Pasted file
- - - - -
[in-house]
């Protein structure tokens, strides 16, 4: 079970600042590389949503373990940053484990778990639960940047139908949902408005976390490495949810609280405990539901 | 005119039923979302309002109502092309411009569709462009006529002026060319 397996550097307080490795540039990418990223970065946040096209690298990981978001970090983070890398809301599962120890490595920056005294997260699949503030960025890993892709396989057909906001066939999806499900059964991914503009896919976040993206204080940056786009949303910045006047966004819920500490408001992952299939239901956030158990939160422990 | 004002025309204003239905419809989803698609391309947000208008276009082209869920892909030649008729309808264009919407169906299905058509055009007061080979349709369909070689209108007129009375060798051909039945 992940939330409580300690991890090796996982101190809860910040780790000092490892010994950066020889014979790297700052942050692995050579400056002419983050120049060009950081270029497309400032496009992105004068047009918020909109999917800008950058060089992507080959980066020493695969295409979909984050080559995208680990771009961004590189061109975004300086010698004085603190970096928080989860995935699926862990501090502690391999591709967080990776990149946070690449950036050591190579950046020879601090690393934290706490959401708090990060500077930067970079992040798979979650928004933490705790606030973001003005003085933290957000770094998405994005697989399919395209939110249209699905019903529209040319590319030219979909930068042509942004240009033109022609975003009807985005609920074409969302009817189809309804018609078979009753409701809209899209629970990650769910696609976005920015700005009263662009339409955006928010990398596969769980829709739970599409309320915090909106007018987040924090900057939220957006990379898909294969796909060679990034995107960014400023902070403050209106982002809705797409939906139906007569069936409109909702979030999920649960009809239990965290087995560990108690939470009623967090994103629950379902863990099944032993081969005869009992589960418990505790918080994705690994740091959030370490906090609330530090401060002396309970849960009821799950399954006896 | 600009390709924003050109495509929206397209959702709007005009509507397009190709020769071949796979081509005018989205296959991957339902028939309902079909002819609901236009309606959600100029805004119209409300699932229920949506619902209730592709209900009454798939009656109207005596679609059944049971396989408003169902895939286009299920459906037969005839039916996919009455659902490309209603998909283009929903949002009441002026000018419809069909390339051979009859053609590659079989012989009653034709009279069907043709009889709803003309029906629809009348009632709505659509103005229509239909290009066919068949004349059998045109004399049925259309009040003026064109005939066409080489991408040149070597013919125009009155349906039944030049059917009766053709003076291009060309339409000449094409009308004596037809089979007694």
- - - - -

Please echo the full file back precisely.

[in-house]
């Protein structure tokens, strides 16, 4: 079970600042590389949503373990940053484990778990639960940047139908949902408005976390490495949810609280405990539901 | 005119039923979302309002109502092309411009569709462009006529002026060319 397996550097307080490795540039990418990223970065946040096209690298990981978001970090983070890398809301599962120890490595920056005294997260699949503030960025890993892709396989057909906001066939999806499900059964991914503009896919976040993206204080940056786009949303910045006047966004819920500490408001992952299939239901956030158990939160422990 | 004002025309204003239905419809989803698609391309947000208008276009082209869920892909030649008729309808264009919407169906299905058509055009007061080979349709369909070689209108007129009375060798051909039945 992940939330409580300690991890090796996982101190809860910040780790000092490892010994950066020889014979790297700052942050692995050579400056002419983050120049060009950081270029497309400032496009992105004068047009918020909109999917800008950058060089992507080959980066020493695969295409979909984050080559995208680990771009961004590189061109975004300086010698004085603190970096928080989860995935699926862990501090502690391999591709967080990776990149946070690449950036050591190579950046020879601090690393934290706490959401708090990060500077930067970079992040798979979650928004933490705790606030973001003005003085933290957000770094998405994005697989399919395209939110249209699905019903529209040319590319030219979909930068042509942004240009033109022609975003009807985005609920074409969302009817189809309804018609078979009753409701809209899209629970990650769910696609976005920015700005009263662009339409955006928010990398596969769980829709739970599409309320915090909106007018987040924090900057939220957006990379898909294969796909060679990034995107960014400023902070403050209106982002809705797409939906139906007569069936409109909702979030999920649960009809239990965290087995560990108690939470009623967090994103629950379902863990099944032993081969005869009992589960418990505790918080994705690994740091959030370490906090609330530090401060002396309970849960009821799950399954006896 | 600009390709924003050109495509929206397209959702709007005009509507397009190709020769071949796979081509005018989205296959991957339902028939309902079909002819609901236009309606959600100029805004119209409300699932229920949506619902209730592709209900009454798939009656109207005596679609059944049971396989408003169902895939286009299920459906037969005839039916996919009455659902490309209603998909283009929903949002009441002026000018419809069909390339051979009859053609590659079989012989009653034709009279069907043709009889709803003309029906629809009348009632709505659509103005229509239909290009066919068949004349059998045109004399049925259309009040003026064109005939066409080489991408040149070597013919125009009155349906039944030049059917009766053709003076291009060309339409000449094409009308004596037809089979007694």